Tuesday, June 4, 2013

Part 96 - No Fire Wood

 On the rivers in Utah, before coming into camp, it was customary for one of the boats in the party to stop at a driftwood pile and collect sufficient dry wood to supply fuel for the evening meal and the breakfast meal the next morning.  As I looked around the sand island on which we were camped, there wasn’t a lick of driftwood, not even a tiny speck. 

This was more than a serious problem; I conferred with my guide and the local Mexican guide I had made arrangements with, about the challenge of finding wood for a fire.  The Mexican guide suggested we take the boat over to the bank of the river and look for driftwood there, and/or chop wood from bushes or trees hanging down towards the water.

This we did, but we found no driftwood; the river in high water had scoured the beaches and banks of the river clean of any wood; likewise, any wood we procured from the overhanging trees along the riverbank was damp, and why shouldn’t it be; after all, this is the rain forest.  The Mexican guide took an axe I had with me and cut down a ten-inch diameter tree, then split the log into kindling-size wood.

We hauled this wood back to camp and attempted to make a fire, but the wood was green, and even after soaking it with gasoline and using the big manual boat pump as a billow, all we got was a weak, smoky fire.  Dinner tonight was to be tortillas with all the fillings and toppings just as one would buy at a taco stand.  Desperate to get something, anything going for dinner, I mixed the tortilla flour with water until I had the right consistency and then sectioned off small pieces that I rolled into balls to be pressed flat in the tortilla press.

Watching the Mexican women make tortilla shells by hand, using the metal press, seemed so easy but when I placed the dough between the two plates of the press and pressed the handle to flatten the dough, the flattened dough wouldn’t peel off the metal plate.  It would just stick to the metal.  Then I remembered seeing the Mexican women placing the dough inside a plastic bag, like a bread bag, and pressing the dough, then peeling the dough off the plastic bag.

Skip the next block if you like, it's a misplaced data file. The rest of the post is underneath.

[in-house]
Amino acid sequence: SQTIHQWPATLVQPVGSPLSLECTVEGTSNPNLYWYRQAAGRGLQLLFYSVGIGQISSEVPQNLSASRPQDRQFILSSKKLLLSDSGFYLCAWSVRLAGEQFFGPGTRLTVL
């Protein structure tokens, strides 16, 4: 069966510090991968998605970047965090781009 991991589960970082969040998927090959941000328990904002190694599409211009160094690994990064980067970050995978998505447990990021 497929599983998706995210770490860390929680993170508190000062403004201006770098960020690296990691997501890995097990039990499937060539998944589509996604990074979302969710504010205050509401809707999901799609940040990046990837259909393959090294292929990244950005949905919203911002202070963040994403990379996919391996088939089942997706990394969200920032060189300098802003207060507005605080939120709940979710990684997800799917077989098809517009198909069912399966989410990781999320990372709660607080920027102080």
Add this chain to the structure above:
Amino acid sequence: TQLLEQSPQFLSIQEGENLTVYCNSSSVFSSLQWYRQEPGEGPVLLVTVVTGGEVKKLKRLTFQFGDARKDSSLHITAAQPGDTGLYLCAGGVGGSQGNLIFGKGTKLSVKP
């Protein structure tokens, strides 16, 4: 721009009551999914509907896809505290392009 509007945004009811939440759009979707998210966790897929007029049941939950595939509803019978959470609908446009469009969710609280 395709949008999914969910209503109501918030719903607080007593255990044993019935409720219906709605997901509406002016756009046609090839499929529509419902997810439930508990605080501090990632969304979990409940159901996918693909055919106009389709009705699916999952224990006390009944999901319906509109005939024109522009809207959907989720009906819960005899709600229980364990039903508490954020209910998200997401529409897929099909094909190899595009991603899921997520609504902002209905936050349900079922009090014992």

This we tried and it worked a little better, so with help from the passengers, we began an assembly line of making tortilla shells.  It was a slow process, the smoky fire could hardly cook the shells, let alone the meat that needed to go in the shells, and it was late at night before everyone had at least two tortillas.

To say that the trip wasn’t going well would be a gross understatement.  However, the mantra I’ve always followed that has sustained me in more than one venture, is the scriptural statement that says
“If ye are prepared, ye shall not fear.” (D&C 38:30)

Always trying to stay one step ahead of potential trouble, it was for this reason that I purchased a new Ford pickup truck for the long journey into Mexico, brought a new Mercury outboard engine plus two spares for the journey on the water, and carried a gas generator on the boat to power hand tools if I needed to make repairs on the rubber boat.  To this list of preparatory steps I could add the brand-new three-burner Coleman Stove I purchased as a backup to wood fires, and a sufficient quantity of freeze-dried dinners to be used in case we ran out of food.

For the rest of the journey, with the help of the Coleman Stove, I was able to prepare sufficient quantities of meals for the group, and the freeze-dried dinners, although not gourmet by any means, provided us with sustenance, such that we weren’t starving.  To be sure, there was grumbling among the passengers, but at the moment, there wasn’t much I could do about it.

The next day, around four o’clock in the morning, an ungodly noise began to reverberate through the jungle; it sounded like howling.  It lasted for several hours, and everyone was mystified as to the source.  By 8:00 a.m., we were on the water, floating through an eerie fog that has settled on the river, obscuring our vision of anything on either side of the river. 

 As the morning wore on, the fog slowly began to lift.  At a bend in the river, we spotted a group of large monkeys playing on a sandbar adjacent to the water’s edge.  They were making the same sound we had heard early this morning, and then we realize that the monkeys were howler monkeys and they were the ones responsible for the sounds we heard.

After the fog had fully dissipated from off the water, we had the incredible luck to see a flock of brightly colored macaw parrots flying single file through the air.  Macaws have feathers that are red, yellow, green, and blue, which made them look like a rainbow flying through the air.

There were two massive Mayan ruins we wanted to visit, Yaxchilan on the Mexican side of the river, and Piedras Negras on the Guatemalan side of the river.  We visited both, and without a doubt, seeing these ancient structures in the dark and gloomy jungle was the highlight of the journey.  At the caretaker’s home next to the Yaxchilan airstrip, I traded all of the tortilla flour, about twelve bags, for a bucketful of citrus fruit.

From the caretaker at Yaxchilan, we learned that there was another group on the river, just a few days ahead of us.  They were Americans, eight in number, traveling in kayaks and sit-on-top canoes.
Aerial photo of the Usumacinta River and the location of the ruins of Yachilan.

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